Updated: Aug 28
This is a tale of how Hector came to be the proud owner of a stingray barb piece of art...
Summer 2019/2020 we were based in my childhood playground, the Bay of Islands.
Lucky for us, my sister and mum are based in this amazing slice of paradise, so having a land base and family support was a blessing. While we are transiting sea gypsies, we do try to establish a sense of community when we put our anchor down.
Meeting like minded families along the way has enhanced our journey and one such
family is Kylie, Mike, Seb and Lilly in Opua.
Full of enthusiasm and passion for life, this family strives to strengthen their family ‘team’, continually seeking out challenges and adventures in the great outdoors.
"We felt super lucky to meet them and share some fun times. One play date in particular will certainly be remembered for a very long time.."
It was a Saturday afternoon when the children were together, mucking about on the water’s edge. A typical ‘famous five’ afternoon. Hector and Seb took the challenge of
heading into the sea for a dip.
Carefully and quietly walking out towards deeper water, Hector suddenly stepped onto something sharp. The water was murky and the bottom a mix of sand and mud. The pain was severe, and with Jessica’s help, Hector hobbled to the shore to investigate
what was now lodged in his foot.
After a team talk it was decided that someone was to run home to get dad (Mike) to
assess the situation.
Was it a sharp shell? Perhaps a stick? Hector remained super brave with the pain which was now intensifying. With Mike’s assessment of the object now protruding from the inner arch of Hectors foot, and the discomfort Hector was experiencing,
it was off to the local hospital to get some medical help.
At the Hospital
Here doctors were also miffed as to what exactly the object was. Hector was given pain relief and the hospital staff worked to remove the mystery object. One of the nurses sent a photo of the object to her husband- a fisherman who confirmed it was a stingray barb.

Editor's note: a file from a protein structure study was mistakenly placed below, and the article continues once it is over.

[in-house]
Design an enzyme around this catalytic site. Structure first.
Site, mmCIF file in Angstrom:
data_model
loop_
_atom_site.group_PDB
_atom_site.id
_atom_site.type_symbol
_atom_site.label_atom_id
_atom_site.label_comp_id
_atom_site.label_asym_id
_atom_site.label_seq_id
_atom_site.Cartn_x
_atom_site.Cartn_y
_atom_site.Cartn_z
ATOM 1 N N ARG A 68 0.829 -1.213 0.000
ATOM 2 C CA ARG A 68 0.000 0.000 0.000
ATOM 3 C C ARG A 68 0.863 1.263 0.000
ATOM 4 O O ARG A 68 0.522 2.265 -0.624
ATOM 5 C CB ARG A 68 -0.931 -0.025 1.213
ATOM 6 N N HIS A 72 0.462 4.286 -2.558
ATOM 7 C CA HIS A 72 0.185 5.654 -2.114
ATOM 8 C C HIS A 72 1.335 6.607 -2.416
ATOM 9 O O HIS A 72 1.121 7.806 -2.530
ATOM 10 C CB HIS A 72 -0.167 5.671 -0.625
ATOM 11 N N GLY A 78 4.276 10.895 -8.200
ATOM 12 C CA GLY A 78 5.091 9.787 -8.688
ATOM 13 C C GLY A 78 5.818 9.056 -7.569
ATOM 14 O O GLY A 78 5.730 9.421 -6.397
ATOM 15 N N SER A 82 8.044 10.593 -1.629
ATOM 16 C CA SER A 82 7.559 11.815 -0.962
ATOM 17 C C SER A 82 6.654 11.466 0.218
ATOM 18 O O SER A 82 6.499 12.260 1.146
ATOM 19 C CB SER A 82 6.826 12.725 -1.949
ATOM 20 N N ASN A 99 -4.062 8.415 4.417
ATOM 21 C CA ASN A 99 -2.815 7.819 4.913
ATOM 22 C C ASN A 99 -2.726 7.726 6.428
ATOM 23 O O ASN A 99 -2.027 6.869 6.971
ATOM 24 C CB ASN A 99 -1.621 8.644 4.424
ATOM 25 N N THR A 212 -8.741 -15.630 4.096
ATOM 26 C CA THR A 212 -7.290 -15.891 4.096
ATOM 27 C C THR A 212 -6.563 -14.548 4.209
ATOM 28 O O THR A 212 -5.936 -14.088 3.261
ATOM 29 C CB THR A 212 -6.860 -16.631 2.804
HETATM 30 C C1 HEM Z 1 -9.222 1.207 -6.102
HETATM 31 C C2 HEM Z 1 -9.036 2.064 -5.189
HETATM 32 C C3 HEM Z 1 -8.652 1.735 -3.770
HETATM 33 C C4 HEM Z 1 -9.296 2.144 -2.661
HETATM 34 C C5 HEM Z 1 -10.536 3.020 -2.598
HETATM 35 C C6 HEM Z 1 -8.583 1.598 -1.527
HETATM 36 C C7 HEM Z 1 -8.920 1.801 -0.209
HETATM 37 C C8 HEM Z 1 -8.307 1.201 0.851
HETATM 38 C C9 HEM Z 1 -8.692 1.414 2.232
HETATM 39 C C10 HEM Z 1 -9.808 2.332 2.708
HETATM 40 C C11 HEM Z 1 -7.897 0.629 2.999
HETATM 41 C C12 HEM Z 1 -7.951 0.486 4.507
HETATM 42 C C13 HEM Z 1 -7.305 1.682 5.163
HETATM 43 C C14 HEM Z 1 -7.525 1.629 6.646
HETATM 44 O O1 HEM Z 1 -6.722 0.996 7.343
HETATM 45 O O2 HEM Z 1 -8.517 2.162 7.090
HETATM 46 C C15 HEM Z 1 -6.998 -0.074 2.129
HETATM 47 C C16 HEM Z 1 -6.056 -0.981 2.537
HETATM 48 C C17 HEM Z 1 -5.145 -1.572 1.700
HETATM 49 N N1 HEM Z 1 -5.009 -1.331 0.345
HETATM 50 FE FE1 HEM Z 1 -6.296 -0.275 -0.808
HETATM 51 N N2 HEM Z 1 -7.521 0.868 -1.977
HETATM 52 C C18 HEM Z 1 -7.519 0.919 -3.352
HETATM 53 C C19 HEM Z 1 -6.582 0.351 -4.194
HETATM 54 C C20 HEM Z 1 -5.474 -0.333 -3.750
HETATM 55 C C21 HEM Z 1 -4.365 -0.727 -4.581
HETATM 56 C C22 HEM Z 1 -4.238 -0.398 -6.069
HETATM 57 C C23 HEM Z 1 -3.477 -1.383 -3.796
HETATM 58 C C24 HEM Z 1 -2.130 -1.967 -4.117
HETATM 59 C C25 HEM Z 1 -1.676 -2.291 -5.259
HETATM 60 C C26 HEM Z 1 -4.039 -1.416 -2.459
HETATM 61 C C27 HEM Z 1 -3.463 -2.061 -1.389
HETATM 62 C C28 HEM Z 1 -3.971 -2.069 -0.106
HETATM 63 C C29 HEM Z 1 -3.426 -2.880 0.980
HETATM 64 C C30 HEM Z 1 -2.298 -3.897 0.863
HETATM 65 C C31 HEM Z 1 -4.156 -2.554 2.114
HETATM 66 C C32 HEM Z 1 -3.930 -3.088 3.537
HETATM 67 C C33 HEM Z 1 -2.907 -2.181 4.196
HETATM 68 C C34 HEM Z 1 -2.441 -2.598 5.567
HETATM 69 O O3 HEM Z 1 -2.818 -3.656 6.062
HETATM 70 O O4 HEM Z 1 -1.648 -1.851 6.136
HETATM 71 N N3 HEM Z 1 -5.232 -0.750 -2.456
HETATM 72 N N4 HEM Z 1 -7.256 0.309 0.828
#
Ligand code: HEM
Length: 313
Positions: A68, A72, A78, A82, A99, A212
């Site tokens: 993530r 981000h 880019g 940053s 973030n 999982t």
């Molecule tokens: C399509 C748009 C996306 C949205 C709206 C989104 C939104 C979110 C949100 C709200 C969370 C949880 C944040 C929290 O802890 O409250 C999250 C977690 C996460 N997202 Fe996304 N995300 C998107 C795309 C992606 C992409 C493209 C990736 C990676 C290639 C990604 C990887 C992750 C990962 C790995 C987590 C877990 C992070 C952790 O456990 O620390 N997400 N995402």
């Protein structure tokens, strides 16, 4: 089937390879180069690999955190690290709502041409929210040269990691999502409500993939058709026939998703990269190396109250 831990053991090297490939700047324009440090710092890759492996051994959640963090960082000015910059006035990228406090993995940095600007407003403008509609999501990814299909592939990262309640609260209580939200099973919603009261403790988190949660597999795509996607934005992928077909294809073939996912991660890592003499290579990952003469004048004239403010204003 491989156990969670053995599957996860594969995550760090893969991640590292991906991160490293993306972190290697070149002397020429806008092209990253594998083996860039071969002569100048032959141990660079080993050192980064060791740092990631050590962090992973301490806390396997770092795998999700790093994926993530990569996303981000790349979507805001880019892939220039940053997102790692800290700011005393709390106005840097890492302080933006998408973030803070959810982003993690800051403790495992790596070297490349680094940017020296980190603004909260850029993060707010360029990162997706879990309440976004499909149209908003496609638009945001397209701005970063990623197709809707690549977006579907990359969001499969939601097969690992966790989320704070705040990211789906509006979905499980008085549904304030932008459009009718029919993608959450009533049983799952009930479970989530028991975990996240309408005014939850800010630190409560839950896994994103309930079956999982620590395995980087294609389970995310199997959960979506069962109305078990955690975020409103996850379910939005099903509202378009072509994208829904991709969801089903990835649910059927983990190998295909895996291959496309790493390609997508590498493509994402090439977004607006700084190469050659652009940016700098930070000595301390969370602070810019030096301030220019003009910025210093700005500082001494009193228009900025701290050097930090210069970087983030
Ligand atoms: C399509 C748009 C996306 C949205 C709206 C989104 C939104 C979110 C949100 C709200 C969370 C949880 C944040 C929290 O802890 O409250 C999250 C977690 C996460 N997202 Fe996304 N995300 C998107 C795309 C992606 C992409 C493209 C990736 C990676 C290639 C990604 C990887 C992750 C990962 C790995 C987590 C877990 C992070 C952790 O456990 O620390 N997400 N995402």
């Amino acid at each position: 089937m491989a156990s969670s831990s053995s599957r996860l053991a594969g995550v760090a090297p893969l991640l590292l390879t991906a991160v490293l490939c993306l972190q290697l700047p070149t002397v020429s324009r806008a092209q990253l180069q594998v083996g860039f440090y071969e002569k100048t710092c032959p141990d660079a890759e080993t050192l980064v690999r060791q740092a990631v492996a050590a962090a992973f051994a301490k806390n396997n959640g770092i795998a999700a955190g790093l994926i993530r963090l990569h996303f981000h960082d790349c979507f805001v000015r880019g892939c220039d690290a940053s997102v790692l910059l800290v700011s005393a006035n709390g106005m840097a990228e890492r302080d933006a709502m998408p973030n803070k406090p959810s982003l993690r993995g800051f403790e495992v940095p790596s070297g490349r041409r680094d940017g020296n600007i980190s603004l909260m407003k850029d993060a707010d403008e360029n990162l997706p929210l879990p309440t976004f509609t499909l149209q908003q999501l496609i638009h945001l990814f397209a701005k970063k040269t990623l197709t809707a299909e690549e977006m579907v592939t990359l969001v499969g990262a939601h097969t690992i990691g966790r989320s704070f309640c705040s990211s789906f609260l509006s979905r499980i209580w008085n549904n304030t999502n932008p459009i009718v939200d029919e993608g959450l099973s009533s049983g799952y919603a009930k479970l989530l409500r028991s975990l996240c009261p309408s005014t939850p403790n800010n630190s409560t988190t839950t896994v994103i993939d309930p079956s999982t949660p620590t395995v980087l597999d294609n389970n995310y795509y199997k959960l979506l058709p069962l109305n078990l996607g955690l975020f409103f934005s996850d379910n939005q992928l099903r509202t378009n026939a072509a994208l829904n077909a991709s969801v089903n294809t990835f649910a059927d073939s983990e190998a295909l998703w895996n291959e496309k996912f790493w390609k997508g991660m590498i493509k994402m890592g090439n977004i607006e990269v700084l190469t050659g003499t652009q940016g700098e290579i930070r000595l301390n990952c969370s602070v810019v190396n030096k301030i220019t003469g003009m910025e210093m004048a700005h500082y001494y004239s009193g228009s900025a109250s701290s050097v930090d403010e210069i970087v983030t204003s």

Later upon reflecting, Hector had thought it may have been a stingray that he had surprised.
When under threat, Stingray raise their barb so that it is perpendicular to the tai. Hector must have stood on this. The barb is lined with tiny serrated edges and covered in venomous mucus.
Thanks to the great work of the doctors, the wound was irrigated and flushed to remove as much of the mucus and fragments as possible. A treatment of antibiotics to reduce the risk of infection and of course weeks of ‘foot –up’ rest ensured quick recovery.
Stingray are beautiful sea creatures, to be respected and admired. The children reviewed their water fun that day, and now make sure they enter the sea making as much splashing and noise as possible. There is a known ‘stingray shuffle’ that is recommended which ensures the sea bed is stirred up and creatures such as stingray are given as much notice as possible of others coming into enjoy the under water world.
Luckily this stingray will still live on, just with a very short barb!
We are grateful for Mike and his quick actions, and fabulous photo’s recording this event.
Hector has been super lucky to have a very talented friend Rina, a jewelery designer who has turned this creature’s weapon of defense into a work of art.